Magnetic Resonance Imaging of Myocardial Viability

Published on 13/02/2015 by admin

Filed under Cardiovascular

Last modified 13/02/2015

Print this page

rate 1 star rate 2 star rate 3 star rate 4 star rate 5 star
Your rating: none, Average: 0 (0 votes)

This article have been viewed 819 times

CHAPTER 57 Magnetic Resonance Imaging of Myocardial Viability

Heart failure is a complex clinical syndrome with high hospitalization and mortality rates. The incidence of heart failure approaches 10 per 1000 in the population older than 65 years.1 The most common etiology of heart failure in developed countries is coronary artery disease. In patients with left ventricular (LV) dysfunction, it is of great therapeutic and prognostic importance to differentiate irreversibly damaged scarred myocardium, dysfunctional but viable myocardium (hibernating or stunned), and LV dysfunction from causes not related to coronary artery disease. The assessment of myocardial viability is important to guide the management of patients with ischemic LV dysfunction when clinicians must weigh the risks and benefits of coronary revascularization in regard to the increased perioperative morbidity and mortality in this patient population.2,3

The meta-analysis by Allman and colleagues4 assessed the prognostic value of viability assessment across various nuclear and echocardiographic techniques. Determining the presence and extent of myocardial viability is crucial in guiding clinical decision making and influencing patient outcomes. Patients with significant viability assigned to be treated medically had higher rates of cardiac mortality (16% vs. 3.2 % per year) and nonfatal myocardial infarction (MI) (12.2% vs. 6 % per year) than patients who were assigned to undergo coronary revascularization. In patients without significant myocardial viability, there was no difference in annual mortality or nonfatal MI rates between coronary revascularization and medical therapy (7.7% vs. 6.2% and 10.2% vs. 8%).4 These findings underscore the importance of noninvasive assessment of viability in guiding appropriate treatment decision making.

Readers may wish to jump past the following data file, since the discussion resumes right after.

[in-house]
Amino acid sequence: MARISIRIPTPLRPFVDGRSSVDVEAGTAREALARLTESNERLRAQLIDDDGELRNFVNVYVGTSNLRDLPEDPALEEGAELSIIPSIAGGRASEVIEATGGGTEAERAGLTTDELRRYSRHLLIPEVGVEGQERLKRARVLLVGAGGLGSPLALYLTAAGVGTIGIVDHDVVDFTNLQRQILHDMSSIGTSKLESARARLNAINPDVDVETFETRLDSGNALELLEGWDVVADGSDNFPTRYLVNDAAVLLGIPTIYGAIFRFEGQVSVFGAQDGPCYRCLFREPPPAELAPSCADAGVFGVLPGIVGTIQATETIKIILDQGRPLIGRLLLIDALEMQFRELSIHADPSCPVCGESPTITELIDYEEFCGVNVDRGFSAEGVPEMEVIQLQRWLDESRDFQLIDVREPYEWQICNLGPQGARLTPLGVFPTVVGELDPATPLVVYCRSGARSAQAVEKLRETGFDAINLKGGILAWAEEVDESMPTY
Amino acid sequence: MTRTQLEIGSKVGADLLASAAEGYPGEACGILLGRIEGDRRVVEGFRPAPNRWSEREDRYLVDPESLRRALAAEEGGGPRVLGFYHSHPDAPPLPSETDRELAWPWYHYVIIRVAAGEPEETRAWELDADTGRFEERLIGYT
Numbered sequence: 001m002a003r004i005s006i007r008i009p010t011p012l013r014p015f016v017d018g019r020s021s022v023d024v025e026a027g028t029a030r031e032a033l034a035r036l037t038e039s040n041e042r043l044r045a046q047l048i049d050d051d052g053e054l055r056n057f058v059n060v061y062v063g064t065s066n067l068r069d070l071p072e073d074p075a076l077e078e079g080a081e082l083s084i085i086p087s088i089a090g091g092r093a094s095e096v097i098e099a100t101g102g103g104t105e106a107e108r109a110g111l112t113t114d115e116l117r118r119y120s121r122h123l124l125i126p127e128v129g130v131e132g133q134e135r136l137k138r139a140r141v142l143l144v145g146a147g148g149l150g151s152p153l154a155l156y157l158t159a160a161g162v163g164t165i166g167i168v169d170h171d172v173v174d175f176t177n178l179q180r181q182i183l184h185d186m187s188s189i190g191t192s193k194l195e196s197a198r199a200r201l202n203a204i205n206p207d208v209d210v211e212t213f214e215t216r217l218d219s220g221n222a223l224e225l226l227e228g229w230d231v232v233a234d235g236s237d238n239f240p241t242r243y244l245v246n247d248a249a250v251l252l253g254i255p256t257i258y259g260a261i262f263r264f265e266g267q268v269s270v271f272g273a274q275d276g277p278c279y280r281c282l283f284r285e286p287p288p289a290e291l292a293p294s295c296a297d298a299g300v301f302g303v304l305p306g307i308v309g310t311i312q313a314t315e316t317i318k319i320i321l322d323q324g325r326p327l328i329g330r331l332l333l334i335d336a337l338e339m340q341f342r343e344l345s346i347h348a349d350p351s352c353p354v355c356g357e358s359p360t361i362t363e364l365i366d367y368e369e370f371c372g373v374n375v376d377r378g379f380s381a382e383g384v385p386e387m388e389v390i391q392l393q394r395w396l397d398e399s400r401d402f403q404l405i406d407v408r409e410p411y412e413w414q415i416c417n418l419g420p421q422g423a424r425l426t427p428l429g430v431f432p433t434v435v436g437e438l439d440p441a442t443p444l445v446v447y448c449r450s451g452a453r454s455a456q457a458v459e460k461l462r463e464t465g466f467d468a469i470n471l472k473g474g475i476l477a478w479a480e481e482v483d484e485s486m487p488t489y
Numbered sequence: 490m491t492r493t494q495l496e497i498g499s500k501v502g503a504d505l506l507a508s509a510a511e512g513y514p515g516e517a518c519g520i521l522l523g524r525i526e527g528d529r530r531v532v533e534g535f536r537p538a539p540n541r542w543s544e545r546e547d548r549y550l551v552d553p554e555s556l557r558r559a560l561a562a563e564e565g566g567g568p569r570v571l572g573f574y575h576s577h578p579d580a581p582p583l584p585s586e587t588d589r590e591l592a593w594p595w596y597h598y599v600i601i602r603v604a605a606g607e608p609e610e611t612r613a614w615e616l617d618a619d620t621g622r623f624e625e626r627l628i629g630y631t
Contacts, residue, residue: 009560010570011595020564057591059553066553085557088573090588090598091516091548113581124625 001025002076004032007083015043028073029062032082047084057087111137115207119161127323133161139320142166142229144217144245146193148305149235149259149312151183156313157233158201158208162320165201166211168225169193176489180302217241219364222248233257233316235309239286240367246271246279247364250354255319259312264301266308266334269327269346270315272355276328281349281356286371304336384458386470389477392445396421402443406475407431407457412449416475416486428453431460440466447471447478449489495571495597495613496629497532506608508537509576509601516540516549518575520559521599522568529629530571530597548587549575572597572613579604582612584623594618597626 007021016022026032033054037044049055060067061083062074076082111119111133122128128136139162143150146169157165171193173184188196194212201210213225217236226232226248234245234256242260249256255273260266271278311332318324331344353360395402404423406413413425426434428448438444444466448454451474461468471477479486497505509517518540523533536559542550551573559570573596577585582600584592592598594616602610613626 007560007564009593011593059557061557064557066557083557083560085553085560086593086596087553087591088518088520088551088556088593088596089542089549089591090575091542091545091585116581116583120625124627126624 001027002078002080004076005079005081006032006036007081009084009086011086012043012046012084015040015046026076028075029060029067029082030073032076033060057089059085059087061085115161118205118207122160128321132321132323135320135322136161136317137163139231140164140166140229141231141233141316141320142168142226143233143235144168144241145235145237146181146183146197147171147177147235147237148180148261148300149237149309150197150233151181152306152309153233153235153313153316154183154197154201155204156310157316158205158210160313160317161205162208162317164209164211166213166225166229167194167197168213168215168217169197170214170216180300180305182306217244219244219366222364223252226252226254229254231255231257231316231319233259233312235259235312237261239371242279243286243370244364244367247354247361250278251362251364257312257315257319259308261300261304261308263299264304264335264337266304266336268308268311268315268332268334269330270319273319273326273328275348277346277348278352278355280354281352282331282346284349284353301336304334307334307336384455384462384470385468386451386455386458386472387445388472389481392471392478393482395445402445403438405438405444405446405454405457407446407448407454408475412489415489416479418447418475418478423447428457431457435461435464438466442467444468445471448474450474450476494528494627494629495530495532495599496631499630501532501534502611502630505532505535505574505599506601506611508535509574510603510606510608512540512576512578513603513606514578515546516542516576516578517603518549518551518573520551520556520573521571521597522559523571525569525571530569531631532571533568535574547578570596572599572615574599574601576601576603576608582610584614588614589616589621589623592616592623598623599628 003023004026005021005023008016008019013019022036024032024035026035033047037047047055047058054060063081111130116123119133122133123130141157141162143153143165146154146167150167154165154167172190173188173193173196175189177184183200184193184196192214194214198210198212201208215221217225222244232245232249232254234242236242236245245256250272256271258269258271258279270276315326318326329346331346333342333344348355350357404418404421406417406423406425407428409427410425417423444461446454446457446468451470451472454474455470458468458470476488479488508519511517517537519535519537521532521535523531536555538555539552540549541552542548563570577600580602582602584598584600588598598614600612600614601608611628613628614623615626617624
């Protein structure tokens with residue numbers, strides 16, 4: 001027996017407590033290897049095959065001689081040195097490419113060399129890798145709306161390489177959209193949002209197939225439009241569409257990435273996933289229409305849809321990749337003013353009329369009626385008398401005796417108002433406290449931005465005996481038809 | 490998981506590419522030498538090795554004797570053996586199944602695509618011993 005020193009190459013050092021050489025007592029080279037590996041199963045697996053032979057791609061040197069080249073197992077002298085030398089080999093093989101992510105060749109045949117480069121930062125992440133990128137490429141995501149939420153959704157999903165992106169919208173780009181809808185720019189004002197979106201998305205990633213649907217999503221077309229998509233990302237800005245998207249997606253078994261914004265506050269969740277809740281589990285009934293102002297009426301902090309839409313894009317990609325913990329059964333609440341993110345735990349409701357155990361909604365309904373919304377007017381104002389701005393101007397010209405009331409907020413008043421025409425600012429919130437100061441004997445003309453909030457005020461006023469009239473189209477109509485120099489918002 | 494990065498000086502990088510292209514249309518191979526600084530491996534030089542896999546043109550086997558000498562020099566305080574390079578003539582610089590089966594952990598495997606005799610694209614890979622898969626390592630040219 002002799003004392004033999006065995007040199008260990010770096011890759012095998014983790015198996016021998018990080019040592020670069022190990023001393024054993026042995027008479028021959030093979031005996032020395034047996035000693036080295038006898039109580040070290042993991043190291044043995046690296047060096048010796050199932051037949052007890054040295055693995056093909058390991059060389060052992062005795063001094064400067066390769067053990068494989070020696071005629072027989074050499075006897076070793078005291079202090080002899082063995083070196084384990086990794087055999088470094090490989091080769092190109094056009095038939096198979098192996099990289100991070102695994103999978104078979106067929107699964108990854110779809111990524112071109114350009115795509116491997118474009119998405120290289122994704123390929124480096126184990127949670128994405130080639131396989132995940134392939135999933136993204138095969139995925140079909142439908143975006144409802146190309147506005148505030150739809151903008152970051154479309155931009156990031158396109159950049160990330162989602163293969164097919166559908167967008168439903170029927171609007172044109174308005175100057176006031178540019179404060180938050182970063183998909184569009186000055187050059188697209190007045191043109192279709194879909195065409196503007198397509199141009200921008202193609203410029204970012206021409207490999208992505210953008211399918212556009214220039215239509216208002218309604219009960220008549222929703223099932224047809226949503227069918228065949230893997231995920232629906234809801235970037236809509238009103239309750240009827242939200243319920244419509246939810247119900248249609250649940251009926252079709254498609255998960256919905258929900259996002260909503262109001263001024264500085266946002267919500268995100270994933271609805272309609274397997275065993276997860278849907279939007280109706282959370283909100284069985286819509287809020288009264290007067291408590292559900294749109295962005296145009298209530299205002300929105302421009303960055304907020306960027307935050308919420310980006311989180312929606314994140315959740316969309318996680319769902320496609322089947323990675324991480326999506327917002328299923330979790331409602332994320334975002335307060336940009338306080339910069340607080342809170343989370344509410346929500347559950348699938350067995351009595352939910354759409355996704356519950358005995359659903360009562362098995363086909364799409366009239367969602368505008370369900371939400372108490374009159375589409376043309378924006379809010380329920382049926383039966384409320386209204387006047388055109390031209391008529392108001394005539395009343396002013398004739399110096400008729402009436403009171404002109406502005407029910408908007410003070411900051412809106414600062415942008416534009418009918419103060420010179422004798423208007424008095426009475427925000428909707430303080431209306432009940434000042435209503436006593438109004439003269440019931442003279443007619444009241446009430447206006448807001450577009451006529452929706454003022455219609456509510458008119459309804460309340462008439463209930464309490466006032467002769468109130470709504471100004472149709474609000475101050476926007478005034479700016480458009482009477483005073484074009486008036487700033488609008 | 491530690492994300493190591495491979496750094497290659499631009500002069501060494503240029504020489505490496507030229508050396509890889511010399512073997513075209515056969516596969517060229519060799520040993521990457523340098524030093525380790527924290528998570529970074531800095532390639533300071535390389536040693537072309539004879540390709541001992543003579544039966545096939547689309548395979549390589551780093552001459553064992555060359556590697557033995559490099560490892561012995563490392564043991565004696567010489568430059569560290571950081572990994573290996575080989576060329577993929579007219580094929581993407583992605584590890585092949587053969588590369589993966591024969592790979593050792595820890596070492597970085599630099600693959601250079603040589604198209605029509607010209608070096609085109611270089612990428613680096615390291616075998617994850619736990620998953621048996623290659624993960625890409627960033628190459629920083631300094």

VIABILITY DEFINITIONS

Dysfunctional but viable myocardium in patients with ischemic cardiomyopathy can be divided into two general categories: myocardial stunning and hibernation. These two processes likely coexist and lead to varying degrees of LV dysfunction depending on the severity of coronary stenosis, coronary vasomotor tone, hemodynamic states, and duration of ischemic episodes. Myocardial stunning is defined by nonpermanent contractile dysfunction resulting from transient ischemia without injury. Hibernation is a state of chronically impaired resting myocardial function resulting from reduced coronary blood flow.

Stunned and hibernating myocardium can benefit from restoration of blood supply. Rahimtoola5 first reported the process of myocardial hibernation, and it was then observed that LV dysfunction resulting from myocardial hibernation is not an irreversible process. The process of myocardial hibernation is a dynamic process that involves a continuum of downregulation of myocyte metabolism, reduction in contractile elements, and dedifferentiation of myocardial cells with preserved cell membrane integrity. The following processes have been observed in hibernating myocardium: loss of sarcomeres, sarcoplasmic reticulum, and T tubules; intracellular buildup of glycogen; atrophic mitochondria; accumulation of extracellular matrix and fibrosis; and expression of fetal proteins.6